• Give people you have worked with a recommendation. This is a great way to reconnect with them. Also give your strategic partners recommendations. You might not do business with them directly as a client or service provider, but if they are sending you good referrals then you can recommend them as excellent colleagues with valuable clients who are a pleasure to work with.



Create a Company Page on LinkedIn

If you own your own company, a company page on LinkedIn will give you the opportunity to add more search terms and expand your company’s presence. To create your page, move your cursor over Interests in the black bar at the top of the page and click on Companies.  Scroll down the page and on the right hand side you will see, “Create a Company Page”.

  • Be sure to fill in all the pertinent information.


  • Put up a banner for your Company Page.


  • Keep your branding consistent.


  • Post updates on your Company Page.


  • Share your Company Page link on other social media.


  • Have your employees connect with your Company Page. It is especially important that your management, sales, and marketing personnel have completed optimized profiles.  This increases the ability for the company to be found and makes your online presence look professional and consistent.  I see so many profiles that are doing a disservice to the company they are working for.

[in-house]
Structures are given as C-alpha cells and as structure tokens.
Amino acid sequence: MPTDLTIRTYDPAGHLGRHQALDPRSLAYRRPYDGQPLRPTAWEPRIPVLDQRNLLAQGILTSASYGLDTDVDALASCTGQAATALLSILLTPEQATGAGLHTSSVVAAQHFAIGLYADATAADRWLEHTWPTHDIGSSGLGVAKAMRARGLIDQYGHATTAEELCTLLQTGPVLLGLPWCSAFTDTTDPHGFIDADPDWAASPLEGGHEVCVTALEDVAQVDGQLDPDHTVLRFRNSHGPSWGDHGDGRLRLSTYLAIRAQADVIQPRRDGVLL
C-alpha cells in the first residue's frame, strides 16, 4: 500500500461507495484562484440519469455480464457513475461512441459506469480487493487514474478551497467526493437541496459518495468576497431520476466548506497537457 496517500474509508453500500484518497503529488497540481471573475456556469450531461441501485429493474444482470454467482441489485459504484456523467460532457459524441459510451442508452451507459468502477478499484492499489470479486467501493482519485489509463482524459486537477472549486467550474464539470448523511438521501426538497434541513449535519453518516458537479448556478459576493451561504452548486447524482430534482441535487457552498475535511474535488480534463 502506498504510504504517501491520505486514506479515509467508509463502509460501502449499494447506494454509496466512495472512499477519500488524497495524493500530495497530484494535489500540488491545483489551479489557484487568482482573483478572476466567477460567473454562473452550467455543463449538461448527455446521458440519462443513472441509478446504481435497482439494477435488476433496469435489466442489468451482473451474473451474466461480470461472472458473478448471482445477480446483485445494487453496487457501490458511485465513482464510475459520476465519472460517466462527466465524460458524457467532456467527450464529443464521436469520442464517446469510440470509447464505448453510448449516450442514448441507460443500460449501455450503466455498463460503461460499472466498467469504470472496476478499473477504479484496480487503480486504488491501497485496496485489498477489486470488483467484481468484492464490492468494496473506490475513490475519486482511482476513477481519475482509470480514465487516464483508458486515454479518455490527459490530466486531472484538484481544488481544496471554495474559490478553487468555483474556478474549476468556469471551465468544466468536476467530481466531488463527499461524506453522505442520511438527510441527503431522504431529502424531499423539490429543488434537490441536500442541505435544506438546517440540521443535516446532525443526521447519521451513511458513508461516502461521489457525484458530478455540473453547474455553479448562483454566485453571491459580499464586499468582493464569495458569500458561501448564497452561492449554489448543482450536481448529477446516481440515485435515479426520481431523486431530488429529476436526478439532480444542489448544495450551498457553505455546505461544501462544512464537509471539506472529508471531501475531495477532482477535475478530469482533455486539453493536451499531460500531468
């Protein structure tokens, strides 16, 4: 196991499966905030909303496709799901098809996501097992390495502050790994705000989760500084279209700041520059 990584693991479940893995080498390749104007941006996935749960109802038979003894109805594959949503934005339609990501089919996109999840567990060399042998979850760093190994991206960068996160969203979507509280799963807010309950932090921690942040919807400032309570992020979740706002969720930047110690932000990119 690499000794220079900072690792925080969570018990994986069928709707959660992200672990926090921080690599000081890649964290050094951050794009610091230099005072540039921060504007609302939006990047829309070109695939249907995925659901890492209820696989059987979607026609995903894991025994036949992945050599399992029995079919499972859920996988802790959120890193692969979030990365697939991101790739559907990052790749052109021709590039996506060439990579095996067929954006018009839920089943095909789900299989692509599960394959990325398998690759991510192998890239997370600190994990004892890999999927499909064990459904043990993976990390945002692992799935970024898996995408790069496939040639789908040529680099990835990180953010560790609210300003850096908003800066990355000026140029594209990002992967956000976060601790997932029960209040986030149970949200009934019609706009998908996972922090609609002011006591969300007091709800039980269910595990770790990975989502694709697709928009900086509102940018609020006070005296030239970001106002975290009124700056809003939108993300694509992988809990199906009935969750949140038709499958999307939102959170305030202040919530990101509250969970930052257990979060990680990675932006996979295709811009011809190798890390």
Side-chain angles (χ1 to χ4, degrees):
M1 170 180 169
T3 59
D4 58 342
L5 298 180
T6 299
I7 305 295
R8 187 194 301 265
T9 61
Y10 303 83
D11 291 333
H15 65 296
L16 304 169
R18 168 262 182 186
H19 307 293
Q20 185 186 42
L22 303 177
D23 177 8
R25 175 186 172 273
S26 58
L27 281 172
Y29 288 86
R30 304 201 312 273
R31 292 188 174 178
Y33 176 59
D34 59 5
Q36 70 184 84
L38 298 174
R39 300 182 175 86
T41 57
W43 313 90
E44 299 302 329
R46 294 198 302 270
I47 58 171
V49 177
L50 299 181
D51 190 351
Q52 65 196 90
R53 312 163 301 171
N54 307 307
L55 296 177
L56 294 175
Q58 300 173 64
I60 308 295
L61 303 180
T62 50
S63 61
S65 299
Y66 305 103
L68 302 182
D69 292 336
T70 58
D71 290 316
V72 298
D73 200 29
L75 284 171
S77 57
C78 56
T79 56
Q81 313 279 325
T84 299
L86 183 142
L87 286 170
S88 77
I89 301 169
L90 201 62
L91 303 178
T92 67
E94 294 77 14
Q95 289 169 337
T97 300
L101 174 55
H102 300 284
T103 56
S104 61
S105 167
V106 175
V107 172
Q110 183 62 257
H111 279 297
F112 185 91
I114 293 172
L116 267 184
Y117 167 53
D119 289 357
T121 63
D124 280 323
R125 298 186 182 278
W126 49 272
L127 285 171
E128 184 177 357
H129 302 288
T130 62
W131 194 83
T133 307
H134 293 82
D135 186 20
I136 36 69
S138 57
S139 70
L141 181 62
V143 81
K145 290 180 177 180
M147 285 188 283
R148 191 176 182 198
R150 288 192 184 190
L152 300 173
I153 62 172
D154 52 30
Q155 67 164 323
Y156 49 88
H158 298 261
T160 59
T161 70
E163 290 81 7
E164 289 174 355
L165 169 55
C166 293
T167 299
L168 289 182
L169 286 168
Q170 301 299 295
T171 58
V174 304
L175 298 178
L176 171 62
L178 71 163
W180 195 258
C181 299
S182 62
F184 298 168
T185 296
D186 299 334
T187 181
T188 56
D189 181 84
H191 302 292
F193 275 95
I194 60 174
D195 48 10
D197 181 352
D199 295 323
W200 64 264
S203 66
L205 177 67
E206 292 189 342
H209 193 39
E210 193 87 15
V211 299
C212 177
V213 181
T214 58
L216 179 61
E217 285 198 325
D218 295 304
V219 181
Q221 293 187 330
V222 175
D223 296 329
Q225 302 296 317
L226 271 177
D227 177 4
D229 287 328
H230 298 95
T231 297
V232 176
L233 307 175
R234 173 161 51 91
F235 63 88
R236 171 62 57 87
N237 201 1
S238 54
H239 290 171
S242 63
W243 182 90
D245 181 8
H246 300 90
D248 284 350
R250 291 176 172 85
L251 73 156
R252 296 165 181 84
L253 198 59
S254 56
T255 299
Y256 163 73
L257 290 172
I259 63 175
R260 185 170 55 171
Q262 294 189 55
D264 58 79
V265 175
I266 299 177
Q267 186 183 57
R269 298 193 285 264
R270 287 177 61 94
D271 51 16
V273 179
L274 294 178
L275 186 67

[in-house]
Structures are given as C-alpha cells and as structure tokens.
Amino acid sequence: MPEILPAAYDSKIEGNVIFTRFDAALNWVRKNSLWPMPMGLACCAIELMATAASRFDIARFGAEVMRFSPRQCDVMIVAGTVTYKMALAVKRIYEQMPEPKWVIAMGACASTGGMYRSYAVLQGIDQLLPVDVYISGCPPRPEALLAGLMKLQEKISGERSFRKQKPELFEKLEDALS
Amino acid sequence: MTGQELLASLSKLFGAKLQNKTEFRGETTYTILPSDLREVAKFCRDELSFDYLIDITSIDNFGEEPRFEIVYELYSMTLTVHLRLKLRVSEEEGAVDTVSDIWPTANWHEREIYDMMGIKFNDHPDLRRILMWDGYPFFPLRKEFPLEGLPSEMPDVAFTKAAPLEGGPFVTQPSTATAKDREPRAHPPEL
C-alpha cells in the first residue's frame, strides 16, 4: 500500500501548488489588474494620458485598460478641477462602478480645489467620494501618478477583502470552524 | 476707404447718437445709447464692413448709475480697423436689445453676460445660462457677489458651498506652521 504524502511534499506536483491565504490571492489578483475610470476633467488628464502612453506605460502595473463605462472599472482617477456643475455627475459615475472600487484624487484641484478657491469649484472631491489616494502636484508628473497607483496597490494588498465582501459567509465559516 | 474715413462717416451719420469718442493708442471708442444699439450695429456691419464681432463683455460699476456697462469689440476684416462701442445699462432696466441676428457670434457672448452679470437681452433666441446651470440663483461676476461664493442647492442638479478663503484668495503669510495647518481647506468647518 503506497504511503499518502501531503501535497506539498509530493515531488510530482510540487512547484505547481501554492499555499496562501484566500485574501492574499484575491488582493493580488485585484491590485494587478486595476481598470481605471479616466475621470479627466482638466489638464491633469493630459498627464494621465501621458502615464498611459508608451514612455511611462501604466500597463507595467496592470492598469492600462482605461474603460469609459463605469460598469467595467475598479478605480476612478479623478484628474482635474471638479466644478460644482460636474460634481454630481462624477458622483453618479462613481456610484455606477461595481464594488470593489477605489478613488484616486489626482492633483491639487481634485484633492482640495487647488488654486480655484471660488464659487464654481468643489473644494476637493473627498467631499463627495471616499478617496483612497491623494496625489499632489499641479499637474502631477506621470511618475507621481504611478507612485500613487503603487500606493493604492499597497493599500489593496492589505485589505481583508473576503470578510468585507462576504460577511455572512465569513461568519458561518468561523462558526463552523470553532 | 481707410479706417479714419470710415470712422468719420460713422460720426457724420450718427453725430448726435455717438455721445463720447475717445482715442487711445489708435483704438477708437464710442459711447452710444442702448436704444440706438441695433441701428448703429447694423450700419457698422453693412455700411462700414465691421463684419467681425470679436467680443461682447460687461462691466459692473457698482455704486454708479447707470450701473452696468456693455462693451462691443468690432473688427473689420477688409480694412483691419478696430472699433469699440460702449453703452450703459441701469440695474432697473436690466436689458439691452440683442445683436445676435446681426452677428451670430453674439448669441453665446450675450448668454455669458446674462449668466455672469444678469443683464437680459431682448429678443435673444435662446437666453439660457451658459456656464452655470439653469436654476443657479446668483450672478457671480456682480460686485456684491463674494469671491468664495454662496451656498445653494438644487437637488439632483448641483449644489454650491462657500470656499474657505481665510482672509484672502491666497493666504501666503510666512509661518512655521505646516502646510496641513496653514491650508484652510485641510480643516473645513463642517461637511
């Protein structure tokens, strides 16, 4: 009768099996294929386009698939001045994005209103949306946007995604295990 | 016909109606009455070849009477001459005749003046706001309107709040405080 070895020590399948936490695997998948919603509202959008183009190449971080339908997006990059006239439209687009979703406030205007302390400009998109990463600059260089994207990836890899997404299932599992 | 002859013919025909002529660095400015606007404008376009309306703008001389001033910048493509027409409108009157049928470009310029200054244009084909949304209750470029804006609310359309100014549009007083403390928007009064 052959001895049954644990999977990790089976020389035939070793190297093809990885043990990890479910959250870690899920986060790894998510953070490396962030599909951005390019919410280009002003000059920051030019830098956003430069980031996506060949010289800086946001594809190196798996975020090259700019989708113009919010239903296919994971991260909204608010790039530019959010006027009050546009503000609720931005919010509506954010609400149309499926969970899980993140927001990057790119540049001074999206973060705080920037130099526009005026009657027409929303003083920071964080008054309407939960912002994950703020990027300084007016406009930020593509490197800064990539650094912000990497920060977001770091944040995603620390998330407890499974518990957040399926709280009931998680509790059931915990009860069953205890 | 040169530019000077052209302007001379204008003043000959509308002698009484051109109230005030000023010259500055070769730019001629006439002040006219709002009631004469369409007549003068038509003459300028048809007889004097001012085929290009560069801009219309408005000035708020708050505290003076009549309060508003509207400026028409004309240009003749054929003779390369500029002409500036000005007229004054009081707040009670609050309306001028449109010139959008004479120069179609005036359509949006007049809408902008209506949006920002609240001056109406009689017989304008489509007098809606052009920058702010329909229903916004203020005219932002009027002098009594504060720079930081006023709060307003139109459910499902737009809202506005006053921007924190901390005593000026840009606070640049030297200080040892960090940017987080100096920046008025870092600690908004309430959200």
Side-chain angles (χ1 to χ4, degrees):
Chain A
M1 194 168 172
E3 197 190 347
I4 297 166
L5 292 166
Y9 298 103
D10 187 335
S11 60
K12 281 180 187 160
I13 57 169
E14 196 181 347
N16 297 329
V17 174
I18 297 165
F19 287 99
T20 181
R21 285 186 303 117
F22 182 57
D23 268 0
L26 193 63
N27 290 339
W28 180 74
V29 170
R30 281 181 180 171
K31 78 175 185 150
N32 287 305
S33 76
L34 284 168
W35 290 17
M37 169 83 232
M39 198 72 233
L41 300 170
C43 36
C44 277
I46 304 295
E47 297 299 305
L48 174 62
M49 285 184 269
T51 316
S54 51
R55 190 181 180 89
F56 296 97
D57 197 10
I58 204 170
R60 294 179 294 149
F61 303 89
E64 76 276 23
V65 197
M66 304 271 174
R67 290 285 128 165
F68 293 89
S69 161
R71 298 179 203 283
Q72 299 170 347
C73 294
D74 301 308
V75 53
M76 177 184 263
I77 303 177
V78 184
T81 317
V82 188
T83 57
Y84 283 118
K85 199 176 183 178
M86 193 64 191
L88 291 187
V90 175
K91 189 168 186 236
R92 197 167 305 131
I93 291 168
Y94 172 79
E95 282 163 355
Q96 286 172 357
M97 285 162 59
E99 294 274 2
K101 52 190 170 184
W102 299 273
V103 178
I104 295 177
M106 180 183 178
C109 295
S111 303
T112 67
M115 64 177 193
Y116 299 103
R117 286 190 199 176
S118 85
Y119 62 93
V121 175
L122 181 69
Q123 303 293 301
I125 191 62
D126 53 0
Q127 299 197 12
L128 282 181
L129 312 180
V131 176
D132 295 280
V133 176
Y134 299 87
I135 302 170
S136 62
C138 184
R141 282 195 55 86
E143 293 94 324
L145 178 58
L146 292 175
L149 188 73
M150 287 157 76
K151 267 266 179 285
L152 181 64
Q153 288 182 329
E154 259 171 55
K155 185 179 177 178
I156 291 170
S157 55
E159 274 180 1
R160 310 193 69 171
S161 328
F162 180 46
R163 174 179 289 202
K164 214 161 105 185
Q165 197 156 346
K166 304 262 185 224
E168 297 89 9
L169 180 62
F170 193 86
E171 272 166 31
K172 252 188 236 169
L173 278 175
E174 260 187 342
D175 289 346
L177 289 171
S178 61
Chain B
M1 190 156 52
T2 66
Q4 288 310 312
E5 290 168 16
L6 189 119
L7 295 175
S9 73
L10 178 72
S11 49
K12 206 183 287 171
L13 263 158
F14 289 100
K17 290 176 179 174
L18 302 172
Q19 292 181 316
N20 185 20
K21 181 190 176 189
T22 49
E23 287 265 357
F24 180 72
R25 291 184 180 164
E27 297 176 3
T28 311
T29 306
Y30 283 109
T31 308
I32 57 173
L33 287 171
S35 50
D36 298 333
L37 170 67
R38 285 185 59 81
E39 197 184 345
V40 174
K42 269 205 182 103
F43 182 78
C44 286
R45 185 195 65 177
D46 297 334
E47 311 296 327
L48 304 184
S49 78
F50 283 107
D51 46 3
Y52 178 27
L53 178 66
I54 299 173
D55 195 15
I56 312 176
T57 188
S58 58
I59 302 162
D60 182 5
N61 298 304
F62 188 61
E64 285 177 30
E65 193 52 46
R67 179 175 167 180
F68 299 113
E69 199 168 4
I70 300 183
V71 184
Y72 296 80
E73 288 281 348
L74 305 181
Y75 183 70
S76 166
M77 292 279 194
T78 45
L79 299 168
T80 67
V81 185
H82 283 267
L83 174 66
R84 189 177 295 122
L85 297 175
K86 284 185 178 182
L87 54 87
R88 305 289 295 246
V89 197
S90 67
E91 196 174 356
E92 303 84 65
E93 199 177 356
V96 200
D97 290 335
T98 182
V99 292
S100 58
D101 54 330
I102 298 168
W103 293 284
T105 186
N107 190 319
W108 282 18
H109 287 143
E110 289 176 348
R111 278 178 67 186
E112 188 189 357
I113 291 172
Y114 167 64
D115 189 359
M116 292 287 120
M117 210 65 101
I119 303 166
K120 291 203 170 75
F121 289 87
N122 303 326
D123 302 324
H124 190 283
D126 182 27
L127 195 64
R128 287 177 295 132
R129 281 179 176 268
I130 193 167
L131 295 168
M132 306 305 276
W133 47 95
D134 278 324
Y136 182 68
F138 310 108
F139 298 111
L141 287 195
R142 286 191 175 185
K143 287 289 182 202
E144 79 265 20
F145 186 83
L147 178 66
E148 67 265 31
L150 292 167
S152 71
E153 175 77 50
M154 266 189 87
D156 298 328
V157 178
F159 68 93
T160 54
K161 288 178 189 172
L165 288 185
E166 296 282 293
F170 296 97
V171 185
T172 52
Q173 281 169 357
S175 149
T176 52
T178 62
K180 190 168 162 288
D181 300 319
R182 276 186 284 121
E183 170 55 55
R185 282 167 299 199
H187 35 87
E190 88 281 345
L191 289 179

• You can sponsor an ad or an update on LinkedIn, but be sure you know what you’re doing here. My clients often have wasted money away on social media advertising because they did not fully understand how to make it work for them.


  • You should also create a Showcase Page which extends the features of your Company Page. After you create your Company Page, click Edit at the top right and then Create a Showcase Page. Take advantage of all resources to spread the word.



Upgrade Your Profile

One of the questions I am asked often is, “Should I upgrade my LinkedIn profile?”  LinkedIn recently instituted a new Premium Plan that is only $9.99 per month, billed monthly. It allows you to have a larger profile picture.  It also gives you keyword suggestions and a larger search listing.  Now there is a Business Plan for $29.99 and a Business Plus Plan for $59.99 billed monthly.  You will save money if you pay any of these on an annual basis.  There is no contract and you can cancel at any time.